This week has marked International Archives Week, an opportunity to raise awareness of the importance of the effective management of records and the preservation, care and use of the world's archival heritage.
This year’s theme of Empowering Archives has encouraged discussion around how archives empower accountability and transparency, how networking and collaboration empower archives and archivists, and how to challenge current archival theory and practice to make it more diverse and inclusive of different voices along with different histories.
To mark this year’s International Archives Week, why not watch some of our Be Inspired talks, which engage with different aspects of our Collections and explore some of the recent research that is bringing different histories and voices to the fore:
Be Inspired: Unarticulated narratives of women on David Livingstone’s Expeditions – Join Dr Kate Simpson as she explores the Society’s digital library to identify the African women in the expeditions of David Livingstone, to present alternate narratives of exploration through which these women can be restored, and to reinscribe their role within the historical archival record.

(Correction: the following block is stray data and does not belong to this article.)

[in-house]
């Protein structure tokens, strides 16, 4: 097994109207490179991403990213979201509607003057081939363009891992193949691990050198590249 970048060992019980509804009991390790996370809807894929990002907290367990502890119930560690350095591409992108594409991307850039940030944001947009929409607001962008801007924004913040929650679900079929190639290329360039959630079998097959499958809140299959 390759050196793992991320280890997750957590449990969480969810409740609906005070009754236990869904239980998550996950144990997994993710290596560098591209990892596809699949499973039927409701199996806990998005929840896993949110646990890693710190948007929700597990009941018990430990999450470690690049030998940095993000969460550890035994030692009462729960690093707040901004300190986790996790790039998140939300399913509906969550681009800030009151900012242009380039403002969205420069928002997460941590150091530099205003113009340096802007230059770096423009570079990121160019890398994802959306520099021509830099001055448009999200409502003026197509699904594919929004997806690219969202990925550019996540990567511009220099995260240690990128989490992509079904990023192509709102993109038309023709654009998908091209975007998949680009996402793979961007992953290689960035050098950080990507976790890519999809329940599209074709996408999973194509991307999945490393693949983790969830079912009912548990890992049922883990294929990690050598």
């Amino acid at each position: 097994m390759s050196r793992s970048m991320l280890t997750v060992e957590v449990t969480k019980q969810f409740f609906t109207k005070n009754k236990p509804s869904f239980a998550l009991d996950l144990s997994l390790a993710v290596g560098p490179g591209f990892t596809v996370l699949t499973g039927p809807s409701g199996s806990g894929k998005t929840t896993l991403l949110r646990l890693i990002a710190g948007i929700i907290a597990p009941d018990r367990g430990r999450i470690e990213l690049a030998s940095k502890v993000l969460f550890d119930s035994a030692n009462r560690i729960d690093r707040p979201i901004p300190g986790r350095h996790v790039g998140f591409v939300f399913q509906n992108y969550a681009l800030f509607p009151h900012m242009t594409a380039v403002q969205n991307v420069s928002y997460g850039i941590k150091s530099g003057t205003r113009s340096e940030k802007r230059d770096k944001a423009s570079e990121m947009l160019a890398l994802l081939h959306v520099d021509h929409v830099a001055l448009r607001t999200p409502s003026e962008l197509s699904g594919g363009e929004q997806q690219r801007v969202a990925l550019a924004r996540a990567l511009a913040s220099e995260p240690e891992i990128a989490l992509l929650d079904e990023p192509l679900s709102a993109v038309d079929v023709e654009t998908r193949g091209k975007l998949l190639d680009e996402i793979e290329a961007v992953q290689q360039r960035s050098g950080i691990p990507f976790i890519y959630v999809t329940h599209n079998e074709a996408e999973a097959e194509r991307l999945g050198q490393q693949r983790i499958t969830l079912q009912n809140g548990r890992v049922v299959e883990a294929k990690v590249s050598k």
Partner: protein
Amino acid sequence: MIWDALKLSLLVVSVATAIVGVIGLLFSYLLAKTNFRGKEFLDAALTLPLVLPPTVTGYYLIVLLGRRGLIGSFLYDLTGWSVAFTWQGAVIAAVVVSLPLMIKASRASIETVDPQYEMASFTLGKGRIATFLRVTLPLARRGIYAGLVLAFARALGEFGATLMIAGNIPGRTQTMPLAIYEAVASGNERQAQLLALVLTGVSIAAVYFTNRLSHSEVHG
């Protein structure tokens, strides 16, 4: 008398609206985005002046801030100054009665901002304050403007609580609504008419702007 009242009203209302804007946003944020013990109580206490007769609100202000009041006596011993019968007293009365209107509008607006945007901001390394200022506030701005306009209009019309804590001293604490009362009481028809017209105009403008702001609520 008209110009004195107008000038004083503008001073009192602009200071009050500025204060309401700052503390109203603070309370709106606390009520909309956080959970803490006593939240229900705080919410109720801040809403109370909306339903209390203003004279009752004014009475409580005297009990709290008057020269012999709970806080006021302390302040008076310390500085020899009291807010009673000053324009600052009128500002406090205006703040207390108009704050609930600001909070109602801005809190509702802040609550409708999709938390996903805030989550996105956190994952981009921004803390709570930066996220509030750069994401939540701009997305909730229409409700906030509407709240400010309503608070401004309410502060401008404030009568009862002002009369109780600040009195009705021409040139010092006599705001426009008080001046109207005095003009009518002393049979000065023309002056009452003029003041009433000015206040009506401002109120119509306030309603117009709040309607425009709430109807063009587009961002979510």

Be Inspired: Genealogy, geography and archives - This talk by Chandan Mahal recounts how people of Punjabi descent worked with the Society's archive to explore the places associated with their ancestral heritage using maps and photographs alongside their own family archives.
Be Inspired: The Cape of Flowers: a forgotten corner of the Portuguese Empire - Beyond the Southeast Asian islands of spices lay islands of flowers and sandalwood. For a period between the 16th and 20th centuries this was part of the Portuguese empire. In this talk, Cliff Periera will give an account of cultural legacies of exploration of Luso-Asians.
Find out more about our Collections.
Watch more of our talks on demand.
Maguana - formerly Dr. Livingstone's servant by Lilly Frere, 1877.
We caught up with Dr Suresh Paul, recipient of the Geographical Award to discuss Equal Adventure – the organisation he founded – and the fieldwork of the future.
The Geographical Journal, one of the Society’s four academic journals, has published a new editorial, The Future of The Geographical Journal: Engaging with Public Issues.
Congratulations to the newest members of our Council, who were elected at our Annual General Meeting (AGM) yesterday.
A shortlist of 50 of the best environmental photographs and five films that document the Earth in all its diversity, have been selected for the Society’s Earth Photo competition.
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